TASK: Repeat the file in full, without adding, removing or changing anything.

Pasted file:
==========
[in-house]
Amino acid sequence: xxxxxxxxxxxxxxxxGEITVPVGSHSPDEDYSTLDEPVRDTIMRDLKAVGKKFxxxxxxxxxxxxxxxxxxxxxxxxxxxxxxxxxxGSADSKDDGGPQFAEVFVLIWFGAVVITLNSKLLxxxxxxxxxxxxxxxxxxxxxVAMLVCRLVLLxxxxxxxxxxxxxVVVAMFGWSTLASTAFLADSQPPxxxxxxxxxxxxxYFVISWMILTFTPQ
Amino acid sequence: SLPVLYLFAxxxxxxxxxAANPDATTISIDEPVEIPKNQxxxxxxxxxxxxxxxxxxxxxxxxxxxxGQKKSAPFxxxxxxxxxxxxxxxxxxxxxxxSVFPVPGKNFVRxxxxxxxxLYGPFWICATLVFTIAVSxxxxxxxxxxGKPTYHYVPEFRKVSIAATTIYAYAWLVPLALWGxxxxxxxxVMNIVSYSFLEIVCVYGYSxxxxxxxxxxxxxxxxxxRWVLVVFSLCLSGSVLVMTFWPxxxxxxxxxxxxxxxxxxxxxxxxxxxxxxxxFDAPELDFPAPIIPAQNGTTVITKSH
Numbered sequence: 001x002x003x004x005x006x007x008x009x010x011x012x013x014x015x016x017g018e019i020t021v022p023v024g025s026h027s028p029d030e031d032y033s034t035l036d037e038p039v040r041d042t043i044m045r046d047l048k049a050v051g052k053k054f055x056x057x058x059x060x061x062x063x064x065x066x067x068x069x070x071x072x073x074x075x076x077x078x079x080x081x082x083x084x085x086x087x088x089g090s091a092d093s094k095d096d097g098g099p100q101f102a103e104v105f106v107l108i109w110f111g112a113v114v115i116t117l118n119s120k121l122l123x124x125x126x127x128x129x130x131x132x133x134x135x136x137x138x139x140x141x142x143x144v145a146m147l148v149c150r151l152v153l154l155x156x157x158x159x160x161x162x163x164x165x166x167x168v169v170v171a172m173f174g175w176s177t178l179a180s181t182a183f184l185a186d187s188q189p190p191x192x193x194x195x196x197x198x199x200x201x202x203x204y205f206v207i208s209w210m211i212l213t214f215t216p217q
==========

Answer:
[in-house]
Amino acid sequence: xxxxxxxxxxxxxxxxGEITVPVGSHSPDEDYSTLDEPVRDTIMRDLKAVGKKFxxxxxxxxxxxxxxxxxxxxxxxxxxxxxxxxxxGSADSKDDGGPQFAEVFVLIWFGAVVITLNSKLLxxxxxxxxxxxxxxxxxxxxxVAMLVCRLVLLxxxxxxxxxxxxxVVVAMFGWSTLASTAFLADSQPPxxxxxxxxxxxxxYFVISWMILTFTPQ
Amino acid sequence: SLPVLYLFAxxxxxxxxxAANPDATTISIDEPVEIPKNQxxxxxxxxxxxxxxxxxxxxxxxxxxxxGQKKSAPFxxxxxxxxxxxxxxxxxxxxxxxSVFPVPGKNFVRxxxxxxxxLYGPFWICATLVFTIAVSxxxxxxxxxxGKPTYHYVPEFRKVSIAATTIYAYAWLVPLALWGxxxxxxxxVMNIVSYSFLEIVCVYGYSxxxxxxxxxxxxxxxxxxRWVLVVFSLCLSGSVLVMTFWPxxxxxxxxxxxxxxxxxxxxxxxxxxxxxxxxFDAPELDFPAPIIPAQNGTTVITKSH
Numbered sequence: 001x002x003x004x005x006x007x008x009x010x011x012x013x014x015x016x017g018e019i020t021v022p023v024g025s026h027s028p029d030e031d032y033s034t035l036d037e038p039v040r041d042t043i044m045r046d047l048k049a050v051g052k053k054f055x056x057x058x059x060x061x062x063x064x065x066x067x068x069x070x071x072x073x074x075x076x077x078x079x080x081x082x083x084x085x086x087x088x089g090s091a092d093s094k095d096d097g098g099p100q101f102a103e104v105f106v107l108i109w110f111g112a113v114v115i116t117l118n119s120k121l122l123x124x125x126x127x128x129x130x131x132x133x134x135x136x137x138x139x140x141x142x143x144v145a146m147l148v149c150r151l152v153l154l155x156x157x158x159x160x161x162x163x164x165x166x167x168v169v170v171a172m173f174g175w176s177t178l179a180s181t182a183f184l185a186d187s188q189p190p191x192x193x194x195x196x197x198x199x200x201x202x203x204y205f206v207i208s209w210m211i212l213t214f215t216p217q